SA company unveils localised tablets

Digital Content

The Wise Touch tablets are manufactured in China, but are locally branded and customised, with applications and content specifically for the local market. South African company, Wise Tablets, is soon to release a low-cost tablet developed and customised for the local market.

The “Wise Touch 1” will be available in 7-inch and 9-inch formats, with capacitive multi-touch, running Android 2.3.

The 9-inch tablet will retail for less than R3 500, while the 7-inch 3G tablet will cost less than R2 500, and the entry-level 7-inch WiFi tablet will go for less than R1 500.

MD of Wise Tablets, Gian Shipton, says: “The problem with tablets available today is that all of them offer exactly the same thing; software markets”.

“We found that most of the average South African consumers have a problem with the current high prices of the brand-named tablets, but apart from the pricing issue, it also relates to the fact that none of the tablets in the market, including the Apple iPad, present any form of local content.”

Shipton says the content on the new tablets will be what sets them apart. “What makes the Wise Touch SA's first South African tablet is what's on the inside.”

Apart from the regular Android apps, the tablets come preloaded with South African applications, developed specifically for the Wise Touch on behalf of local brands. The local content is categorised under the Wise Shopping Mall, Wise Business Park and Wise Education Centre.

According to Wise, there are already over 115 “tenants” on board for the Mall and Business Park. While Wise doesn't yet want to release the names of the tenants, the company says they include major local retailers, banks, broadcasters, media houses, food outlets and airlines.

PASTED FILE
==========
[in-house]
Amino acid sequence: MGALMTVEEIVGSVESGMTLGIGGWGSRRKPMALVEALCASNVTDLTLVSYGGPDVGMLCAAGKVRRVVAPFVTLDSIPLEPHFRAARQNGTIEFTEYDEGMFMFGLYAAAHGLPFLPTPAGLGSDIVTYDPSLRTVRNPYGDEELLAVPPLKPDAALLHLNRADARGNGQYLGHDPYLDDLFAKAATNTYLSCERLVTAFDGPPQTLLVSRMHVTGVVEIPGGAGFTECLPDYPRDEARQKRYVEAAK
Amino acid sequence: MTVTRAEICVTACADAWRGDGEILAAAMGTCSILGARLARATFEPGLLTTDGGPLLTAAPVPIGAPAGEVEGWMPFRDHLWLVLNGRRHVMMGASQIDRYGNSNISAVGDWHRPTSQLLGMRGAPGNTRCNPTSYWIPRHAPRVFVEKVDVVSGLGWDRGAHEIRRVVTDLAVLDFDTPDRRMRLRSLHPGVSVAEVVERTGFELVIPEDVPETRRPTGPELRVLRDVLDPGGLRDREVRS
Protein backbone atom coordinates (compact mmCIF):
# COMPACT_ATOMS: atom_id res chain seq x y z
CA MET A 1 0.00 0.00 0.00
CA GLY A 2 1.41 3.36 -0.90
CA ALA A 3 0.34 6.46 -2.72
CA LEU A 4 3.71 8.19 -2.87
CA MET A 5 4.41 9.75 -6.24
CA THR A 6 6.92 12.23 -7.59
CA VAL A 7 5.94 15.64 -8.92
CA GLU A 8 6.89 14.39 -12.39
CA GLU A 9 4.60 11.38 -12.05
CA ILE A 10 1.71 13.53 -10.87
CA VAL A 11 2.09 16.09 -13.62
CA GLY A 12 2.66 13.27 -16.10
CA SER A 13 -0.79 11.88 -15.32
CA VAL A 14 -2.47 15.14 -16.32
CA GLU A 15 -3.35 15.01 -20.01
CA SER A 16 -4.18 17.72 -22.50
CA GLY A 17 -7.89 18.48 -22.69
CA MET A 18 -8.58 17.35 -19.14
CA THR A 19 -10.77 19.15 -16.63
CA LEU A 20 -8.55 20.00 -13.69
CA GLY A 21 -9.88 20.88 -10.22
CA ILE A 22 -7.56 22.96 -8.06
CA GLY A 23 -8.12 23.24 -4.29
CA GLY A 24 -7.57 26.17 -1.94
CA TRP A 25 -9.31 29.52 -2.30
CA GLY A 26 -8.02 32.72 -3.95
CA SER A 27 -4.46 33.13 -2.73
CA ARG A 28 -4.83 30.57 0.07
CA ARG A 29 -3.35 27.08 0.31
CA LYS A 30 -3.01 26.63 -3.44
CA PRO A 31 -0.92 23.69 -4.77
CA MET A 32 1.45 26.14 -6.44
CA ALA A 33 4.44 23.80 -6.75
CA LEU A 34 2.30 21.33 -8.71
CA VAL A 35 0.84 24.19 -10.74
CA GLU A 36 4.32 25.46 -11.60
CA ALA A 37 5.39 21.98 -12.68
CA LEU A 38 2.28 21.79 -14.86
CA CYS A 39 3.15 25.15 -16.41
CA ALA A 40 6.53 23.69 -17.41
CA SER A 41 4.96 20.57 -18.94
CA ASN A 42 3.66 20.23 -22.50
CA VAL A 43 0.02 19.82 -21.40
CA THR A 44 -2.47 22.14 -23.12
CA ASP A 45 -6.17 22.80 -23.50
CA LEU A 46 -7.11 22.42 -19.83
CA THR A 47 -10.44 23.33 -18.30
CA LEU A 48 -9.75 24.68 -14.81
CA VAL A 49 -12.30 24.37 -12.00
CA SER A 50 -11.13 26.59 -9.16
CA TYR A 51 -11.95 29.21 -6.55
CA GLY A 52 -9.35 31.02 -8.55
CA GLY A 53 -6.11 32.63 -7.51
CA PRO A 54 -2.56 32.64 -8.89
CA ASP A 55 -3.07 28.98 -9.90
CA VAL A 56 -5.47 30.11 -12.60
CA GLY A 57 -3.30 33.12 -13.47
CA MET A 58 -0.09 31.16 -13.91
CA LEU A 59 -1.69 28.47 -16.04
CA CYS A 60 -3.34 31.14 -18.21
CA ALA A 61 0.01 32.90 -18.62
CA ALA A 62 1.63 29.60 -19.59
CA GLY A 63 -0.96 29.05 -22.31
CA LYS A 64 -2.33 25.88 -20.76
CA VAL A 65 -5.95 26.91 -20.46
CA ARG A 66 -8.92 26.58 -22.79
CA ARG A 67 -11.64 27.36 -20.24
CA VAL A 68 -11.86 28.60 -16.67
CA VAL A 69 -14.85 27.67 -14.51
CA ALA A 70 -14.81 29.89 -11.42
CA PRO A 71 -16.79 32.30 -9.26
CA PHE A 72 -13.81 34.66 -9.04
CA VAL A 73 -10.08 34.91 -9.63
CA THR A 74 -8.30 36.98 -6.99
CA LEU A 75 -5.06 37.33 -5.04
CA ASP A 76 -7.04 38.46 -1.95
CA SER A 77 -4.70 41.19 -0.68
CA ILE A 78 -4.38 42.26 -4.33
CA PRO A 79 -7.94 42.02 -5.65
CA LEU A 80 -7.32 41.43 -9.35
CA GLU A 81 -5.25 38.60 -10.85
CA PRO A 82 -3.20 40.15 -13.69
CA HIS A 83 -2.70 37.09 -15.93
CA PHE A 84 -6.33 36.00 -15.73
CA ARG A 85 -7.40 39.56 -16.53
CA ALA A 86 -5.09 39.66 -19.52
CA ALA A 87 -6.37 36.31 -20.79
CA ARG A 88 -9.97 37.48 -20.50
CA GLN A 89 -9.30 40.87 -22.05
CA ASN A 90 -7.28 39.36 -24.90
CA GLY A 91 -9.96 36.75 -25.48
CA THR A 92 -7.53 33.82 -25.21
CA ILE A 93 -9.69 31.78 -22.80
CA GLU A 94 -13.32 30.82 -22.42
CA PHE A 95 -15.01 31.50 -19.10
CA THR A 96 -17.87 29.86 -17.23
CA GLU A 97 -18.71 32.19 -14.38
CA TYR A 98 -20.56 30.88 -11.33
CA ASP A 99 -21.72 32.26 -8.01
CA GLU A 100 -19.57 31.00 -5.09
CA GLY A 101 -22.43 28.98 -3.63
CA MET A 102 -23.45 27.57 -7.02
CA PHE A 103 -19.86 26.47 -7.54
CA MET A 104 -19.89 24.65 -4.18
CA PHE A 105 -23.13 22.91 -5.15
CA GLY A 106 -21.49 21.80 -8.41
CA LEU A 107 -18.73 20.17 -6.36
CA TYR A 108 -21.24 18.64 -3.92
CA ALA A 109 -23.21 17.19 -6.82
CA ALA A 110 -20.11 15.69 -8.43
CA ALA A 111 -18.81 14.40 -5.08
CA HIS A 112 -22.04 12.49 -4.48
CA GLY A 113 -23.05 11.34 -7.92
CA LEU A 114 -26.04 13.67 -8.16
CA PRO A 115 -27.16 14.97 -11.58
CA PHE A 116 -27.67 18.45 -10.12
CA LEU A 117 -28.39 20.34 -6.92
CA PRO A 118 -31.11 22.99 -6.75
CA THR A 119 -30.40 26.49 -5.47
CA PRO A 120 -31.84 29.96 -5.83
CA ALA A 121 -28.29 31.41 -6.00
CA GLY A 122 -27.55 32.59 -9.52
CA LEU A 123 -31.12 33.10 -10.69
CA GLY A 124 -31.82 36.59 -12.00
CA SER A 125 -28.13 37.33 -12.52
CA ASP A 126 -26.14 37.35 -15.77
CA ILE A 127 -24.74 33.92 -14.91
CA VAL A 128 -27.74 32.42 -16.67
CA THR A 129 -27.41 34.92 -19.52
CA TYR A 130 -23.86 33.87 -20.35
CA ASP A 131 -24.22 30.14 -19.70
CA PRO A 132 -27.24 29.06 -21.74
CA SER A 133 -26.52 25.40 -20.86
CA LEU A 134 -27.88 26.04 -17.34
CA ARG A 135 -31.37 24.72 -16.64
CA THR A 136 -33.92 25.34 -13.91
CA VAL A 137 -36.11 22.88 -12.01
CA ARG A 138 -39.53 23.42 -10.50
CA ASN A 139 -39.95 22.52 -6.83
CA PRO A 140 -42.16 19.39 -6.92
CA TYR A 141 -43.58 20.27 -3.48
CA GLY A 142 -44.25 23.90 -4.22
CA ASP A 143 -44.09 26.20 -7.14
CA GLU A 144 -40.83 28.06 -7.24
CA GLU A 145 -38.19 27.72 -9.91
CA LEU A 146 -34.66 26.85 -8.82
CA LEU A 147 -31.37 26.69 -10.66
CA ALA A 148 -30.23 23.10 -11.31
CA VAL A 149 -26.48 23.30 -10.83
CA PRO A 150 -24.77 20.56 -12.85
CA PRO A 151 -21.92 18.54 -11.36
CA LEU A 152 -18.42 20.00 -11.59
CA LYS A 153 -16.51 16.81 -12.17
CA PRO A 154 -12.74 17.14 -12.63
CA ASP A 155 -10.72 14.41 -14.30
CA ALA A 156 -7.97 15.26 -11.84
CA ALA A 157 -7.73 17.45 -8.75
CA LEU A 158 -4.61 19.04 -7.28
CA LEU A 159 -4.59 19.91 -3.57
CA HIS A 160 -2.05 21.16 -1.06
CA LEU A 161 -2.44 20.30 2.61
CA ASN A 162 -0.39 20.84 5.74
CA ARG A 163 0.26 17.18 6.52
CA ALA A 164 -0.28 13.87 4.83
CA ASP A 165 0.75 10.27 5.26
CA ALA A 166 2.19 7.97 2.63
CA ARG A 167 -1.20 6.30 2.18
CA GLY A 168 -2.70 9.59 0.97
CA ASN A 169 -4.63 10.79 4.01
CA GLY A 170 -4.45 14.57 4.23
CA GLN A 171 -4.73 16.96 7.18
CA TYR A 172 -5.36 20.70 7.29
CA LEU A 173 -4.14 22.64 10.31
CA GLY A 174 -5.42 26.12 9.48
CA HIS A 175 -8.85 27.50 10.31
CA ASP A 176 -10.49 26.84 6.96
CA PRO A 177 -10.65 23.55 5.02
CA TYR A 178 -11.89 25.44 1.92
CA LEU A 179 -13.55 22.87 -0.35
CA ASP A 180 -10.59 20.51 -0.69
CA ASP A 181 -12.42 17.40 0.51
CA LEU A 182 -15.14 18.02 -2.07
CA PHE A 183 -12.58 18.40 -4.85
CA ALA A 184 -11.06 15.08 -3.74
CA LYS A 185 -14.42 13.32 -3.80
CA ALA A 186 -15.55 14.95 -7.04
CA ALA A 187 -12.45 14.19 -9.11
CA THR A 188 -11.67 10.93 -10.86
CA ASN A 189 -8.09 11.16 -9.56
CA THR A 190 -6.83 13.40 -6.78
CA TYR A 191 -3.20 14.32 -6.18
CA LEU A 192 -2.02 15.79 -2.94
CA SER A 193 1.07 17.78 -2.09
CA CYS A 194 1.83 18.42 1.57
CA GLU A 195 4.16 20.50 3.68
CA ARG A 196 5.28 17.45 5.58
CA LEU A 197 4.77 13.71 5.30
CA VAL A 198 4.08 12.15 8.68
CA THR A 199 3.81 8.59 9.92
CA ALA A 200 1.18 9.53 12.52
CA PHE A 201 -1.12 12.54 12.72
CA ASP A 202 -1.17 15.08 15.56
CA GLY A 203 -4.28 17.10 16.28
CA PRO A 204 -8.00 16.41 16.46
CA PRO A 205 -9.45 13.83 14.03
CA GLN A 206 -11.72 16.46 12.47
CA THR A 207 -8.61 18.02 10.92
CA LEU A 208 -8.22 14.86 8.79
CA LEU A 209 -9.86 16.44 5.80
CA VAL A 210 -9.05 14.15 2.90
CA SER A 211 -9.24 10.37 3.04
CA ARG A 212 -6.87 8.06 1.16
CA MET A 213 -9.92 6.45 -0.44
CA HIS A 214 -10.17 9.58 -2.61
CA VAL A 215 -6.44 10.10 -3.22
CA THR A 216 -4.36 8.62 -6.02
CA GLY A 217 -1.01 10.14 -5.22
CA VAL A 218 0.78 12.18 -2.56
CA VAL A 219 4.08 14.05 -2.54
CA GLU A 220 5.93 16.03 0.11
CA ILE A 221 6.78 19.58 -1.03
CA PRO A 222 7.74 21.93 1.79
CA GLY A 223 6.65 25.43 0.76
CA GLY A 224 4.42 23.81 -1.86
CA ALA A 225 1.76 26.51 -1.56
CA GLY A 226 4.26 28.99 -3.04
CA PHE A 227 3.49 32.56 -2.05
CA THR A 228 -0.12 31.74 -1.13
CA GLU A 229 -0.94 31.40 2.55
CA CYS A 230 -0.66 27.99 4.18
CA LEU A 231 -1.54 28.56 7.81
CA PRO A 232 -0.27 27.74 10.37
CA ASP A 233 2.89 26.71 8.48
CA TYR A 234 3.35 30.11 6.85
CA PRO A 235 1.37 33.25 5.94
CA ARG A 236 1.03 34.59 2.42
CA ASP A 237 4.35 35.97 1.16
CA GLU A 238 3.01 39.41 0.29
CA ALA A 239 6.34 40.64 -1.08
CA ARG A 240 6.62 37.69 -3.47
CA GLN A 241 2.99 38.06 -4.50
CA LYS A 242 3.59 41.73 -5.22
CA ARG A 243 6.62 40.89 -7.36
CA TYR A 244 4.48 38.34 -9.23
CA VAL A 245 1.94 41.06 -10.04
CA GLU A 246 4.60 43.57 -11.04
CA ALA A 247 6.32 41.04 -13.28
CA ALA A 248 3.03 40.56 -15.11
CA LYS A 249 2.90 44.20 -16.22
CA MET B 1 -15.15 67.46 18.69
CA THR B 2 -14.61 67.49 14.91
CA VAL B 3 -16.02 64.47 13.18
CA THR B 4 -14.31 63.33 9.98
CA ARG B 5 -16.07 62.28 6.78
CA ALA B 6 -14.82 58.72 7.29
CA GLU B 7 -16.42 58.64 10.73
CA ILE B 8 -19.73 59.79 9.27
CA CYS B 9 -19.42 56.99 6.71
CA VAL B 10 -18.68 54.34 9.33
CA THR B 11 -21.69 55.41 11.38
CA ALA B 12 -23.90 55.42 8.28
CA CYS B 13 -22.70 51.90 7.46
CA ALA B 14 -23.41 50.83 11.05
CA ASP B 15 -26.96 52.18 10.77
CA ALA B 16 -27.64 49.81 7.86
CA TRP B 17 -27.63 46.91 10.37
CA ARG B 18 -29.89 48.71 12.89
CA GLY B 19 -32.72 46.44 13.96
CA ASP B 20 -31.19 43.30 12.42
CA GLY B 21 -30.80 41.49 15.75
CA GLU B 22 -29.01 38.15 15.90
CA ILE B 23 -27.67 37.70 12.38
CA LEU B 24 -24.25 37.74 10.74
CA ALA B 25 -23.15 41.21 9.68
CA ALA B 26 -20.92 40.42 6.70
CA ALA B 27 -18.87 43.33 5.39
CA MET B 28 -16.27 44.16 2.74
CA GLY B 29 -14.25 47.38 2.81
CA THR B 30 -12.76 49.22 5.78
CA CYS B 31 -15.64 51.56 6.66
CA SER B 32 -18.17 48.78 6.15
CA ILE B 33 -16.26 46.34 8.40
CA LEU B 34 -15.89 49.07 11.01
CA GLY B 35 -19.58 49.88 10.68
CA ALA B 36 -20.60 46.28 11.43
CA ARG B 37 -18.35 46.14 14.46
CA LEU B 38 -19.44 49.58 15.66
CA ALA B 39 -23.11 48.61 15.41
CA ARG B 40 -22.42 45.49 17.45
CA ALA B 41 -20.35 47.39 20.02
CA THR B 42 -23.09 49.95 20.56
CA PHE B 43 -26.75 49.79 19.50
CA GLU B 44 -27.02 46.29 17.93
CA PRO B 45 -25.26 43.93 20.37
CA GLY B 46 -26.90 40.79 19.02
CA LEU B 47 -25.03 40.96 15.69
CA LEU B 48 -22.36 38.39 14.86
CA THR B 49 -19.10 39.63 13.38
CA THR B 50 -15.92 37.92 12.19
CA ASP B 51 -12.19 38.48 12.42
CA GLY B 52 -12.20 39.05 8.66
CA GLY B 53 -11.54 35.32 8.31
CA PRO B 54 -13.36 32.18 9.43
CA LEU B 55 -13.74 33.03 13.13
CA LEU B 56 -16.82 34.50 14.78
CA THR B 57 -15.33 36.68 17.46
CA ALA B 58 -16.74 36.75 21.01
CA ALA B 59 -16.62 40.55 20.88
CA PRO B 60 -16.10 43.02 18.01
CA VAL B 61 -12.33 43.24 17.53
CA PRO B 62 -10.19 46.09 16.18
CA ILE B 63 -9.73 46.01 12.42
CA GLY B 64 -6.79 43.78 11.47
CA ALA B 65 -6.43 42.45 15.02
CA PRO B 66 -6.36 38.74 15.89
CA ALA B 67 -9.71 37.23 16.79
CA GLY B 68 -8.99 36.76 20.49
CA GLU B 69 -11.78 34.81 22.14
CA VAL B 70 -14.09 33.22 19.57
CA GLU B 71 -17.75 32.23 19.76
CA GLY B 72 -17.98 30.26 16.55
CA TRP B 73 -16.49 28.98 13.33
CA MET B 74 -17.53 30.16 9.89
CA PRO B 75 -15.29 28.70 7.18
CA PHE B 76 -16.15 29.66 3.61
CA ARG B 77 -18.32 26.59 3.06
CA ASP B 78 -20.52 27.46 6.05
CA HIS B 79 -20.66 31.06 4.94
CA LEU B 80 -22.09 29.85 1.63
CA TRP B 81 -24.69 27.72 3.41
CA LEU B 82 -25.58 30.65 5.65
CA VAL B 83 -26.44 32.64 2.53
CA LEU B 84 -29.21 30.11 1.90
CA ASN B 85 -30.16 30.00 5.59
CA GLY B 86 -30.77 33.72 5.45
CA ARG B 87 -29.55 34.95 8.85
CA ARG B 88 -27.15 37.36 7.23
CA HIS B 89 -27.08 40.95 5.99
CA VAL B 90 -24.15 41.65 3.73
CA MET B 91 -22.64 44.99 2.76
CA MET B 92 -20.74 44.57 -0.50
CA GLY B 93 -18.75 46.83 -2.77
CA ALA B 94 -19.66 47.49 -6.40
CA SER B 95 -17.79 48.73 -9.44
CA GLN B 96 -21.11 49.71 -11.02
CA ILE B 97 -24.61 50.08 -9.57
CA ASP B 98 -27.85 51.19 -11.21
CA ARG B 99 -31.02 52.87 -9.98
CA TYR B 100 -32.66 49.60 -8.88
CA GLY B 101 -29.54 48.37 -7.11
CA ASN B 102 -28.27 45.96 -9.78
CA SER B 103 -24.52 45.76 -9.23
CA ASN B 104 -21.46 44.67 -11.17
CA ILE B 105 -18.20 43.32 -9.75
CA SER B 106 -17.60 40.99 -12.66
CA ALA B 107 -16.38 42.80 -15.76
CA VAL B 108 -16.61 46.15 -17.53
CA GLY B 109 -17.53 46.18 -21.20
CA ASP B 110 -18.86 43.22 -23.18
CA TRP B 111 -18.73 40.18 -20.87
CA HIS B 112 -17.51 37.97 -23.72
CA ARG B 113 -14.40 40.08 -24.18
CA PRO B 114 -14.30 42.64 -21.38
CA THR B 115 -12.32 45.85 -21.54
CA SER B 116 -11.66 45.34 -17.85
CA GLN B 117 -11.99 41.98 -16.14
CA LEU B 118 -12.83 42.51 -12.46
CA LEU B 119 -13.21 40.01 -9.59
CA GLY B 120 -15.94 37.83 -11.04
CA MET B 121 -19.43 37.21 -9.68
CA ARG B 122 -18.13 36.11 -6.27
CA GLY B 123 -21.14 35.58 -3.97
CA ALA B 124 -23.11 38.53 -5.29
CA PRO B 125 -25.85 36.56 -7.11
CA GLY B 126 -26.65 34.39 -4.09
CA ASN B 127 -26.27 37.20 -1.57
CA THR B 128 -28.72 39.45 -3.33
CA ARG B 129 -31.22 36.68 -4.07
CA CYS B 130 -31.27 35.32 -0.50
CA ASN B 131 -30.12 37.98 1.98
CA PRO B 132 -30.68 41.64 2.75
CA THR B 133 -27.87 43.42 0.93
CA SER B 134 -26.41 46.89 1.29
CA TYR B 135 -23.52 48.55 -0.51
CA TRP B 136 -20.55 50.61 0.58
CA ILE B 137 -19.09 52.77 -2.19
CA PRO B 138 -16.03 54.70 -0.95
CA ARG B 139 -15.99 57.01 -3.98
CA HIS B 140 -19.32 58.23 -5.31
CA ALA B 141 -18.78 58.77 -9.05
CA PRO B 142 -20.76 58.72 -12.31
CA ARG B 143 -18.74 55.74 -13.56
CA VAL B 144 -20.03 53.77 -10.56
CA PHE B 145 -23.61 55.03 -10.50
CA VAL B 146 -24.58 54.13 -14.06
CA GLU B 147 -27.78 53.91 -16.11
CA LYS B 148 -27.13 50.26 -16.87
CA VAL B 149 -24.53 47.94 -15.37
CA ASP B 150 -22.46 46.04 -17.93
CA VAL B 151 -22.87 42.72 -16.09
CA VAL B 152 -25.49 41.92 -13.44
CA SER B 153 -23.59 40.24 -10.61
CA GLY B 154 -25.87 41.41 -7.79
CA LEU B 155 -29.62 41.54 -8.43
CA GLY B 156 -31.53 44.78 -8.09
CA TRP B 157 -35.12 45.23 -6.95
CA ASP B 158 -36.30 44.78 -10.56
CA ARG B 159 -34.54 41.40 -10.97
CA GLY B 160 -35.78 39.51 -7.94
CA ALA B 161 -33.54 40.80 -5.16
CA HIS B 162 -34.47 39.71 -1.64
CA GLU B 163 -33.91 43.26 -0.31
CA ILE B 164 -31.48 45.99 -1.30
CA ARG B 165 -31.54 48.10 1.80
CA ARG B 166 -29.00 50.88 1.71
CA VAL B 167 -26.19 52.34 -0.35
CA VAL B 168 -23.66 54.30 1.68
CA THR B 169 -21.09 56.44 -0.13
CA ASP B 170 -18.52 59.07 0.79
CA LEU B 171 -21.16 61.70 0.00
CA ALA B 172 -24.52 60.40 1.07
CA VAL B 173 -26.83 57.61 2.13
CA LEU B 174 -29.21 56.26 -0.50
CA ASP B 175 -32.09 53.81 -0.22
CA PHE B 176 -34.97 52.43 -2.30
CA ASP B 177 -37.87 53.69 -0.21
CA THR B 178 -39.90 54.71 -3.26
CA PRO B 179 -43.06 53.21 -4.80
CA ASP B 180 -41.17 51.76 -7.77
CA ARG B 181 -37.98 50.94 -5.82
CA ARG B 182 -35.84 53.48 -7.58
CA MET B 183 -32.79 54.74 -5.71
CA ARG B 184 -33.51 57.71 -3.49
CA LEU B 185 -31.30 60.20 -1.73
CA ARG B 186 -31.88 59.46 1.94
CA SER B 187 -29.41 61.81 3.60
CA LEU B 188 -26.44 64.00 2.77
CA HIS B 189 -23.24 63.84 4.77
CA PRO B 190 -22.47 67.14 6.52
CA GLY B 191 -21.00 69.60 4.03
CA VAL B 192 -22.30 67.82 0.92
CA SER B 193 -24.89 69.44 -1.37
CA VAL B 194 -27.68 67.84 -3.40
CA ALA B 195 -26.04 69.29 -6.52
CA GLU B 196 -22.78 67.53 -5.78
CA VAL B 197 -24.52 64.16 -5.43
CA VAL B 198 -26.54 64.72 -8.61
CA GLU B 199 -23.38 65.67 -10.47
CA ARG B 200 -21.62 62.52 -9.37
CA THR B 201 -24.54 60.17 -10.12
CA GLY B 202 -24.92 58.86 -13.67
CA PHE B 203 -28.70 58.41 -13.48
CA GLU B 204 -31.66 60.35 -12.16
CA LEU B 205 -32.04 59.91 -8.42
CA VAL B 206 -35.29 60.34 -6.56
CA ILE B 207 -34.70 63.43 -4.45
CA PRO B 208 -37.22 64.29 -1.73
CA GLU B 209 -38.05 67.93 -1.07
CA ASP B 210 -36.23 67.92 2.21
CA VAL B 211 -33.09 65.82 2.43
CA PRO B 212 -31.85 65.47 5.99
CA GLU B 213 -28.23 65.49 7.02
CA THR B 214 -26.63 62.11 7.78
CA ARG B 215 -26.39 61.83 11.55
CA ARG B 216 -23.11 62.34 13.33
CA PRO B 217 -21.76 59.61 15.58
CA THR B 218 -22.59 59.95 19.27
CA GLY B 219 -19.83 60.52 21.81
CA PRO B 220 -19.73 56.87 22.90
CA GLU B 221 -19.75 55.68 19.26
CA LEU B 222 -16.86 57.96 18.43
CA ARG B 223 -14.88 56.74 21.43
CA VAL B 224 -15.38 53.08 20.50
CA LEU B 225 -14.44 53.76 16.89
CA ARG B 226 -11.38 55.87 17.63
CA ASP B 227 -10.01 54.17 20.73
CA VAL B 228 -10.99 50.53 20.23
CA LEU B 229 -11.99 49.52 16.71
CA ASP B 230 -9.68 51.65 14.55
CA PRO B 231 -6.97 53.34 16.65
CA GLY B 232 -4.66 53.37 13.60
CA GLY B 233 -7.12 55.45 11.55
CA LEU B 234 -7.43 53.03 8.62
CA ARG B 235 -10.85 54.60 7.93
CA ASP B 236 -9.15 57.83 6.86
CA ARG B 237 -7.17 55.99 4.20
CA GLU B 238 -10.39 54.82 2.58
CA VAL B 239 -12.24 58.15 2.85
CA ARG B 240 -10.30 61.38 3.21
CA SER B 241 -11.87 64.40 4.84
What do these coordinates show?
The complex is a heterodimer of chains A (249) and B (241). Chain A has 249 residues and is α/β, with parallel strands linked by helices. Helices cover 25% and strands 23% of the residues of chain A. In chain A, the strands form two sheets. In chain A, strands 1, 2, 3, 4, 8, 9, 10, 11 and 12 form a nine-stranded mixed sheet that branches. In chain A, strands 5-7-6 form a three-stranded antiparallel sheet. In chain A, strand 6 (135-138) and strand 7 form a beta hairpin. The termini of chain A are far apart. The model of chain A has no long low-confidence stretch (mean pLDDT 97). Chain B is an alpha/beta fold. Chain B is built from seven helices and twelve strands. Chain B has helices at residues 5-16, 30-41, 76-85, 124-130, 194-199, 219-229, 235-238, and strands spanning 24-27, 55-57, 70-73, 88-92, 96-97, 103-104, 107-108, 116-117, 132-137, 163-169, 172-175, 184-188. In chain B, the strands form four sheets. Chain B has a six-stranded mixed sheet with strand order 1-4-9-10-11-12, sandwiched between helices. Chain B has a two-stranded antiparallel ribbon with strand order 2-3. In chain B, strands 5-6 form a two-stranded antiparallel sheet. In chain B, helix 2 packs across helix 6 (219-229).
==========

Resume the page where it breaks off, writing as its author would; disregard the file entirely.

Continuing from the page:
“Within the Wise Shopping Mall you have a variety of shopping options available, just as you would have in a physical mall. Read a magazine or today's newspaper in the Magazine Store, order a take-away from your favourite restaurant in the Food Court, or do all of your shopping through the various Retail Stores,” says Shipton.

Wise has its own team of full-time developers, as well as contract developers, who have been working on the project since the beginning of the year.

“We have not only created apps, but a full back-end with billing and updates – similar to Apple and Android.”

Speaking of the Wise Education Centre, the company says: “We have been inundated with many parties that have access to various pieces of education – from the public school syllabus to university departments and private schools.

“We then get the education content provider to develop their content and provide it in a certain format, which our tablets use.” The company says it already has access to most of the public school syllabus and some university content.

“This education content will be supplied almost free of charge to students, but is limited to being used on our tablets due to encryption and DRM (digital right management) issues with the content owners.

“We are aiming to have most households of LSM7+ to have our tablets for education in their houses soon,” says Wise, adding that the main focus is a sponsorship programme with media partners that will sponsor devices with educational content for free for students.

Wise Tablets says the size of the screen is of little influence to them. “We decided (although not finally) to have a 9-inch rather than 10-inch to avoid attracting negative patent wars from the larger players.

“There is currently a fine line between design look and feel, and we want to steer clear of following them with design. Apart from that, we will actually also offer an 8-inch tablet next year,” says Wise.

“Our Wise Touch 2 has already been placed on our roadmap and will actually include more hardware than even found in Apple and Samsung. At that stage, we might be seen as a serious competitor. We believe our content still is what makes us different, not the hardware.”

The Wise Touch tablets are being manufactured in China. The company says that they are not a standard Chinese-boxed product, but made specifically to its specs and branding.

“Our hardware partners own their own manufacturing chain, and thus we have development control over them,” says Wise.

The company is expecting the first batch of tablets to arrive in December, but the official launch is planned for early next year.